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Gentrifier Grey

November 5, 2021

Living in San Francisco for close to thirty years, I am seeing more and more of steel grey painted over the houses of the city, slate grey, gentrifier grey.

There’s a “safeness” to the grey, signaling privilege and aspiration, and the taste-making of design magazines. The “safeness” and the sameness extends to the carefully measured horizontal wood fencing, the tasteful art deco metal address numbers, and the front doors painted yellow or red, often the only color in the building. These designer choices are historically specific: at other times the signifiers have been the white or pastels of the Avenues and Daly City, or the hippie early gentrification “painted ladies” of the 1970s, standing against urban renewal and the disinvested houses of the inner city.

Today, I am facing an eviction from my home of 23 years. If successful in her eviction, I wouldn’t be surprised if one of the first things that Tatiana Omran, the evictor, does, is repaint our home some artisanal shade of gentrifier grey.

What opposes the gentrifier grey?

In this urban fabric of San Francisco, with a majority of houses built in the 1910s to 1920s, how do these homes evolve beyond the greywashing of developers, or the romantic re-creation of a never-past San Francisco “charm” that invisibilizes the conditions of a gentrifying working-class city, of evictions and displacement, of the thunderous arrival of the techno-riche and the greatest income and wealth inequality in the nation?

In opposition to the gentrification grey, I think of the altars in the neighborhood – remembering police murders and gang killings and family taken by COVID. I think of laundry hanging in the backyard or on the roof, visible from the street. I think of the exuberant potted plants on the balconies I used to pass by at the old Valencia Gardens public housing – before it was torn down; or the wild garden someone has grown behind the Potrero projects – also slated to be torn down soon. I think of places like Cell Space on Bryant or the old quonset hut gallery on 20th & South Van Ness or Balazo on Mission Street or Galería de la Raza on 24th Street – all gone. I think of illegal in-laws behind unmarked side-doors, or the lowrider body shop in the garage that’s always open.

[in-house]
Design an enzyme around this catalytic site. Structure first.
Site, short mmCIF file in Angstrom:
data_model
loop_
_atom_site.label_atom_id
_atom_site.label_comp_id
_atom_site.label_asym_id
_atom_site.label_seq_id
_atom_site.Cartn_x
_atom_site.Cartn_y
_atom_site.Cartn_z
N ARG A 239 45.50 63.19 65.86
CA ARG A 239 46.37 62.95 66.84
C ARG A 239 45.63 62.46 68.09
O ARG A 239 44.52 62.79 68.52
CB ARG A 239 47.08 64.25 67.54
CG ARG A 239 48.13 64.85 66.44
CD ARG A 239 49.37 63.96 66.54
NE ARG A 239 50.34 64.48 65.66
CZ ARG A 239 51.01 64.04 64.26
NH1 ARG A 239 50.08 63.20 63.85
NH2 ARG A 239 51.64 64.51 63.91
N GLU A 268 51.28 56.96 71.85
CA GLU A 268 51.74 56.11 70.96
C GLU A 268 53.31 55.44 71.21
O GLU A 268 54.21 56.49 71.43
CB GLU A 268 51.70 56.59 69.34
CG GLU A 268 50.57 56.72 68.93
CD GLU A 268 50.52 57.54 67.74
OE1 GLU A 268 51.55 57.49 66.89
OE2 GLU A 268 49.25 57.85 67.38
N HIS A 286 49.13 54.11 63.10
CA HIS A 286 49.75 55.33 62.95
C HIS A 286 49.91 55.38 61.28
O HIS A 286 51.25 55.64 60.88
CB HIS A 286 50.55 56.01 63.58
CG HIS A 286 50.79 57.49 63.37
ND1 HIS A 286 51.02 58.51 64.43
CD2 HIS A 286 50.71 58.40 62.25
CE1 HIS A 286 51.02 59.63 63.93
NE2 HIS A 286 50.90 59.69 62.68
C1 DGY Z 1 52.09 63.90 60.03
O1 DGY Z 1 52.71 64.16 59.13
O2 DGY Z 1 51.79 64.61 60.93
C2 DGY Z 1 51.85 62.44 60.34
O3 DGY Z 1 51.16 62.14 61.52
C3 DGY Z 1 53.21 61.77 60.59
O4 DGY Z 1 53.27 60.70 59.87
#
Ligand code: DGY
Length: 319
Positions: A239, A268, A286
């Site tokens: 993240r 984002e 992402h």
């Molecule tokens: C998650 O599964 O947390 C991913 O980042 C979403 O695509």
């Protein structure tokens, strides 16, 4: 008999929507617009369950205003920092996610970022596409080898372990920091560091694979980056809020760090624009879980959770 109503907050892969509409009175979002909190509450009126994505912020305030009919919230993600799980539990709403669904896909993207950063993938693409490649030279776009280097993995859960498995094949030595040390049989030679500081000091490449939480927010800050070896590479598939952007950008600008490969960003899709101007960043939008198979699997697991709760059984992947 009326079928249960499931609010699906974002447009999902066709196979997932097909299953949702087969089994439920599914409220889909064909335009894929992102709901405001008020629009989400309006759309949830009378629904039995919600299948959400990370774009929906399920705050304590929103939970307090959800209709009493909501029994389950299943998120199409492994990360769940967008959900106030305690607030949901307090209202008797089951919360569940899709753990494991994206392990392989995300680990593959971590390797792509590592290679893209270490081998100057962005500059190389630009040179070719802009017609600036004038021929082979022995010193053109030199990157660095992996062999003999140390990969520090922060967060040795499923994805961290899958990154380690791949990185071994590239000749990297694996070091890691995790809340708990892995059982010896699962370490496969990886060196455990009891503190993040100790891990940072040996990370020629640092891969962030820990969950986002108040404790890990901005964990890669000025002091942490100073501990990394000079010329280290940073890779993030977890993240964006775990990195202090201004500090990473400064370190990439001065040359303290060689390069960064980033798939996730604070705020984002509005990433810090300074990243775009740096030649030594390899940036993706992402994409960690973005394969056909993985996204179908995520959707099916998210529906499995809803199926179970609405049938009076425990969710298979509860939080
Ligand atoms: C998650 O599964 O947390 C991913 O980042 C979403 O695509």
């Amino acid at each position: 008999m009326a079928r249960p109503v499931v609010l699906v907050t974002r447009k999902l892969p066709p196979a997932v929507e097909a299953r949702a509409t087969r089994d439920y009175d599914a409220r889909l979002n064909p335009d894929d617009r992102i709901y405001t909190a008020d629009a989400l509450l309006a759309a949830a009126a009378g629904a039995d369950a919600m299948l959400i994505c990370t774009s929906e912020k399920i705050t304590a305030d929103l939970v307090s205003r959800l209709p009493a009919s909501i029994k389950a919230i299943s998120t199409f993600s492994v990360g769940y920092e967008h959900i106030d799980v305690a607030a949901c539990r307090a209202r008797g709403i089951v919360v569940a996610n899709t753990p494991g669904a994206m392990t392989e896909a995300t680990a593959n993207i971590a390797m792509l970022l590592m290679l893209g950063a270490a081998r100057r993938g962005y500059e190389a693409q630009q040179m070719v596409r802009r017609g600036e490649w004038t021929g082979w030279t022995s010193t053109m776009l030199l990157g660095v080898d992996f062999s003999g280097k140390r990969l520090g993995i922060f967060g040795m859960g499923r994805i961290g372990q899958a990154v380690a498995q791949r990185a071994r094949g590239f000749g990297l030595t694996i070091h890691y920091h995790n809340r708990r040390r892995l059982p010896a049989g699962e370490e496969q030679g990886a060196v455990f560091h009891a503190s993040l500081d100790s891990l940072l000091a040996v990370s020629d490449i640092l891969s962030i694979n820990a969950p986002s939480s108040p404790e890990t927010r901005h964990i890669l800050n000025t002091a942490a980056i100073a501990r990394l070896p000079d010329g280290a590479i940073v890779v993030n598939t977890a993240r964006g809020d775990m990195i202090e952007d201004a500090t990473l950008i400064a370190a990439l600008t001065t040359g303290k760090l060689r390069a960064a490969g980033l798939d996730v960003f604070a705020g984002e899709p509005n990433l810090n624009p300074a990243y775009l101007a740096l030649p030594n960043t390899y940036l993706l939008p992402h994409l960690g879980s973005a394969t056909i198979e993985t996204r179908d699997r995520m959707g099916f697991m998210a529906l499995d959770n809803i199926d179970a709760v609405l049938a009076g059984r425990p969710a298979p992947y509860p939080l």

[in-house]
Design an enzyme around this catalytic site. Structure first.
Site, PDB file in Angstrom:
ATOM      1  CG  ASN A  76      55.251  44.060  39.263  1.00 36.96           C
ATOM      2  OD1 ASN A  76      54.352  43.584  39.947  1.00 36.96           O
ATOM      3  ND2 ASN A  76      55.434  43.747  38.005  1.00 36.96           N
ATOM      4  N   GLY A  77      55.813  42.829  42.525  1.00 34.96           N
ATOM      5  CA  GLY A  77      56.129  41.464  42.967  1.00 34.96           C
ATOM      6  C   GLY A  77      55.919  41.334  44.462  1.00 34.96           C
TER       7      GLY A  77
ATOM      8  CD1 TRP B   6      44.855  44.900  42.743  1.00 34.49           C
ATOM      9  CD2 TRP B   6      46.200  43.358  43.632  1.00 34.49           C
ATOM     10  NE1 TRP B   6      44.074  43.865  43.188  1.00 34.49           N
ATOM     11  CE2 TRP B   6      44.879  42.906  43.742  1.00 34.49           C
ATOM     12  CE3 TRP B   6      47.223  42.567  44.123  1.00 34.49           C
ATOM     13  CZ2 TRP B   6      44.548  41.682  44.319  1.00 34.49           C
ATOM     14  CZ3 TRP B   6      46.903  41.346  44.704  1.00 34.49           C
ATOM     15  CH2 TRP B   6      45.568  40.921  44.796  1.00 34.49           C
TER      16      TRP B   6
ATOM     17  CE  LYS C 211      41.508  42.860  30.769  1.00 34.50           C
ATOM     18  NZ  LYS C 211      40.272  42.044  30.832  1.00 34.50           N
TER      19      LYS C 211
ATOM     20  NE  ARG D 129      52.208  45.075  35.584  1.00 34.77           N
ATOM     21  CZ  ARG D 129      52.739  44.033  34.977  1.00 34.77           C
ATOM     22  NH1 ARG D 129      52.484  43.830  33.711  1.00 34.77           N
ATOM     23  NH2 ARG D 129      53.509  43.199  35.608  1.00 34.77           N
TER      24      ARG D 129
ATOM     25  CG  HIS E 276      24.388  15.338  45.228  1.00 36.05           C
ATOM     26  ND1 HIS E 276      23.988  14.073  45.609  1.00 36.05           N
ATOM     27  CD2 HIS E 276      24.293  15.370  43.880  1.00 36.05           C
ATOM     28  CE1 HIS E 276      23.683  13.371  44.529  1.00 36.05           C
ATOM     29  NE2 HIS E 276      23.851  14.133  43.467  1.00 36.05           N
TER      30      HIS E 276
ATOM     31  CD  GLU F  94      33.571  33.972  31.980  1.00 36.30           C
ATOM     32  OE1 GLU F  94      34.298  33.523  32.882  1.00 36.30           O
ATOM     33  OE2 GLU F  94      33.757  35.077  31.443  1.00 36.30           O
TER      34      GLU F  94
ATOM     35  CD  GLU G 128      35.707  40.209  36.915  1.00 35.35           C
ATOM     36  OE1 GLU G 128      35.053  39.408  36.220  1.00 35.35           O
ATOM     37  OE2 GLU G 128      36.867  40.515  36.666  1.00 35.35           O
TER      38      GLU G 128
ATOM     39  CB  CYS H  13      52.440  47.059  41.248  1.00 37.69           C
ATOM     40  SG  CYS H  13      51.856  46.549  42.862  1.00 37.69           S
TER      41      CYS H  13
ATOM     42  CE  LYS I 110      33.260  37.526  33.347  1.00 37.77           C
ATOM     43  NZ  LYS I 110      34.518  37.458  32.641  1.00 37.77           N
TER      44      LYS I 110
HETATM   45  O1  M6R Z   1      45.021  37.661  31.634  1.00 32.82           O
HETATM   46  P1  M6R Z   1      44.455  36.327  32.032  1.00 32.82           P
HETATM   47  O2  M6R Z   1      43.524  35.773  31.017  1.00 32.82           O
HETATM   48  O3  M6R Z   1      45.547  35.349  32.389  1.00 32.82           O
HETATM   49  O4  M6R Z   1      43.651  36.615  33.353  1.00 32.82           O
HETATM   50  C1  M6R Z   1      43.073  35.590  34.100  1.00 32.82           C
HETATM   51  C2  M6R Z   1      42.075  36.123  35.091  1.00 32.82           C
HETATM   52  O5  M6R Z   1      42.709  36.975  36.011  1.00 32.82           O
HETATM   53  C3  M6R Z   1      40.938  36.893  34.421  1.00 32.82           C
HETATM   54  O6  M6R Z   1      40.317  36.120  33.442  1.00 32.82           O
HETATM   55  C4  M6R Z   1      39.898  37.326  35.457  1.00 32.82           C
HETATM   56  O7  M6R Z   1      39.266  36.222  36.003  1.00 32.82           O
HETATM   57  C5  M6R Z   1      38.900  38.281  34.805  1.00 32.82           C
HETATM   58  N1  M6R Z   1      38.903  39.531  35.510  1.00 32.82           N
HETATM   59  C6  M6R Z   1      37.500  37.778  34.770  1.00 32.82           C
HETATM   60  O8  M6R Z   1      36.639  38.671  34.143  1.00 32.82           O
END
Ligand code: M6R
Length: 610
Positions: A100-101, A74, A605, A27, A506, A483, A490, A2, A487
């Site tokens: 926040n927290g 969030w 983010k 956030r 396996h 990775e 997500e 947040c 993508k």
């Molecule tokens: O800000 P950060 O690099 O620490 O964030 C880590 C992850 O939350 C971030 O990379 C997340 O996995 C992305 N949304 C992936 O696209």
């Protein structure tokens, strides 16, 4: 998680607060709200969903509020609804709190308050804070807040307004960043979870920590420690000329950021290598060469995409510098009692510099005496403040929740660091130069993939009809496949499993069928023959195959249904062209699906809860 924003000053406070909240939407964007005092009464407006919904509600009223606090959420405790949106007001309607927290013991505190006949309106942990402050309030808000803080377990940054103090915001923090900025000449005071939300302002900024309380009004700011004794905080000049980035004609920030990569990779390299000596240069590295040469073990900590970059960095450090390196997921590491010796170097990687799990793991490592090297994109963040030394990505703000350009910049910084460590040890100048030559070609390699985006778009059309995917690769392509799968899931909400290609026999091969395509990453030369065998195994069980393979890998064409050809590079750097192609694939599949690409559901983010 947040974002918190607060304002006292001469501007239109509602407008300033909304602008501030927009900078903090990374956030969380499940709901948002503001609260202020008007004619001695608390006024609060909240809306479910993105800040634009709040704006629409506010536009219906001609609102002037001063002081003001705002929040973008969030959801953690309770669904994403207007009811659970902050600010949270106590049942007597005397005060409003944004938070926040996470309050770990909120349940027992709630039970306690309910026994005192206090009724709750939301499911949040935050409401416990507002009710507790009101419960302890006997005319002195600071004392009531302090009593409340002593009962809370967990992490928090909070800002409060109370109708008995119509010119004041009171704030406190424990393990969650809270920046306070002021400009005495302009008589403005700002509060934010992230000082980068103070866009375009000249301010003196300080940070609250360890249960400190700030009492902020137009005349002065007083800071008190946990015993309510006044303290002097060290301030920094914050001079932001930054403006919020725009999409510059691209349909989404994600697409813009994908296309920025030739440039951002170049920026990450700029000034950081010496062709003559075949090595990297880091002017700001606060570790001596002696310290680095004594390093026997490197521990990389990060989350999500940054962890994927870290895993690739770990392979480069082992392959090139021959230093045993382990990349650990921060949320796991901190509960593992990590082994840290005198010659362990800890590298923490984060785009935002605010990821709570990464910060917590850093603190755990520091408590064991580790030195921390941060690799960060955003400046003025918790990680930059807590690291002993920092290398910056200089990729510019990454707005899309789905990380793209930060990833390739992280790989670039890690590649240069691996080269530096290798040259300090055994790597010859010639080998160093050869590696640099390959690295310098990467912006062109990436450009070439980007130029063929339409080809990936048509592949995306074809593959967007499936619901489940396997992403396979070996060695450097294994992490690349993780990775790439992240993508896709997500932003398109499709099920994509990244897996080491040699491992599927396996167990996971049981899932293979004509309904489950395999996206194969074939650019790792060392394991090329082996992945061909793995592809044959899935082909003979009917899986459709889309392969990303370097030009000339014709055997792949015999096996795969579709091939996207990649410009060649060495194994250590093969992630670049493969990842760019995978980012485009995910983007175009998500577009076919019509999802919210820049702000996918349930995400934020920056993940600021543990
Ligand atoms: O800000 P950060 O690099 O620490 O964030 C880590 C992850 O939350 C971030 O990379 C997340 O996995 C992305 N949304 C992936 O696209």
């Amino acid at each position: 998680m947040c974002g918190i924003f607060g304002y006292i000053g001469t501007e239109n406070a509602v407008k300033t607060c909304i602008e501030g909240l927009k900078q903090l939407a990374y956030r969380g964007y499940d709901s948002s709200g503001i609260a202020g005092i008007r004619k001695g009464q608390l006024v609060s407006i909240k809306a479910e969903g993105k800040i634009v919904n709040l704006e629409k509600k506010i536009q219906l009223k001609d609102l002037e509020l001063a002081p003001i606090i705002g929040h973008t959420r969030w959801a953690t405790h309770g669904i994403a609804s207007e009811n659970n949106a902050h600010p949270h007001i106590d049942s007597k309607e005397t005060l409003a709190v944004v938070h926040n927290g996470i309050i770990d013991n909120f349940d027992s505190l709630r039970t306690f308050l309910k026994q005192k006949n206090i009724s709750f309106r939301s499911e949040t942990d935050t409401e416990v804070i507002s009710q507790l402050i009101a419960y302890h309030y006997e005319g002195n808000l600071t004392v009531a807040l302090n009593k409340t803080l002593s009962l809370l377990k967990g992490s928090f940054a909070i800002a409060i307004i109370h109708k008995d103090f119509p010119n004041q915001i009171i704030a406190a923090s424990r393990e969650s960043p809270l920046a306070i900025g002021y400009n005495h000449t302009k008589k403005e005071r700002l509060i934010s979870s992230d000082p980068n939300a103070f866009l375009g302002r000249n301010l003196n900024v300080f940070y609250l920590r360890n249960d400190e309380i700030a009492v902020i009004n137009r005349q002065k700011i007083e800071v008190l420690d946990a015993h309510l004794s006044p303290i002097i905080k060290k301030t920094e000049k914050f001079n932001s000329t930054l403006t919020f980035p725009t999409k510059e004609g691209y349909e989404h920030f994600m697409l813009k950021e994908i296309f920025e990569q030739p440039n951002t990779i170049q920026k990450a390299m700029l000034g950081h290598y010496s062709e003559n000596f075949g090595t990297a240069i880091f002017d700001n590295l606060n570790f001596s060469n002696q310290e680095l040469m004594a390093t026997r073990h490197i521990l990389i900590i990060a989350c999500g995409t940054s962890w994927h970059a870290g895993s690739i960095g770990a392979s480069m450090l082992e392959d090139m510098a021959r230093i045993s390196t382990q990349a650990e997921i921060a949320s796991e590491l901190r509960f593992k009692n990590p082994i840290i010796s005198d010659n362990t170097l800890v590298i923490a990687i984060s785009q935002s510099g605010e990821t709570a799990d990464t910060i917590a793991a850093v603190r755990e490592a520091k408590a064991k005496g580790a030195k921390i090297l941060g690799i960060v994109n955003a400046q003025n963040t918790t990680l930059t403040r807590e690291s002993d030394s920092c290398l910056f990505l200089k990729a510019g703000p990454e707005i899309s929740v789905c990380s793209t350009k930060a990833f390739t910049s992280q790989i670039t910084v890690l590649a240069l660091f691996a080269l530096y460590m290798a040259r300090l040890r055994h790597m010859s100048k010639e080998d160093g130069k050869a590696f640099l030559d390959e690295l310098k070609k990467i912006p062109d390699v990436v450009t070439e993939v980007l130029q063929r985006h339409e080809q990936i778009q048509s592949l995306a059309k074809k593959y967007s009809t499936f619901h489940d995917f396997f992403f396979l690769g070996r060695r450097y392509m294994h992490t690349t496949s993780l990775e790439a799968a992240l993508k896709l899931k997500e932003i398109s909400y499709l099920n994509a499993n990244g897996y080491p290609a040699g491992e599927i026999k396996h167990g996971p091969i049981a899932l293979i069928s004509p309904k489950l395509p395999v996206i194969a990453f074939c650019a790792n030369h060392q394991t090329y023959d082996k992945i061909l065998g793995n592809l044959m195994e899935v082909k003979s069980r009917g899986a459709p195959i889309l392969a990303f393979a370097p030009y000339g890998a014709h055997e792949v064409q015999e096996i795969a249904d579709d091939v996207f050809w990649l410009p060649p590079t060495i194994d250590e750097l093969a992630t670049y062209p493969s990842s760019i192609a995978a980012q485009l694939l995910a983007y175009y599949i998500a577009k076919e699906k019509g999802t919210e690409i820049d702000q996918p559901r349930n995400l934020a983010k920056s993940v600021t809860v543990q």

I think of the chickens one hears in Fruitvale, of barbecues set up in the sidewalk, of the public “living rooms” of couches set up on parking lots in far East Oakland, of blue spirit bottles hanging from the branches of trees in the South, or the Casitas in New York’s Loisada, boricuas and punk rockers fighting off the developers (most gone now too). I think of tags and pieces (low art and high art?), from the walls of Balmy Alley and Clarion Street to the apartheid wall in Palestine.

These are all those things that are the counter to the grey-painted buildings, the resistance made present in the space of the city. These are all expressions of our agency, in the face of poverty or police brutality or landlord despotism, acts of reclamation and survival, in the face of a system shaped by profit over people.

For people of all colors – and against gentrification grey!

Two photographs of author's home, bottom photograph altered with grey paint
The home where I’ve lived for 23 years, and the threatening grey.
Housing & Cities

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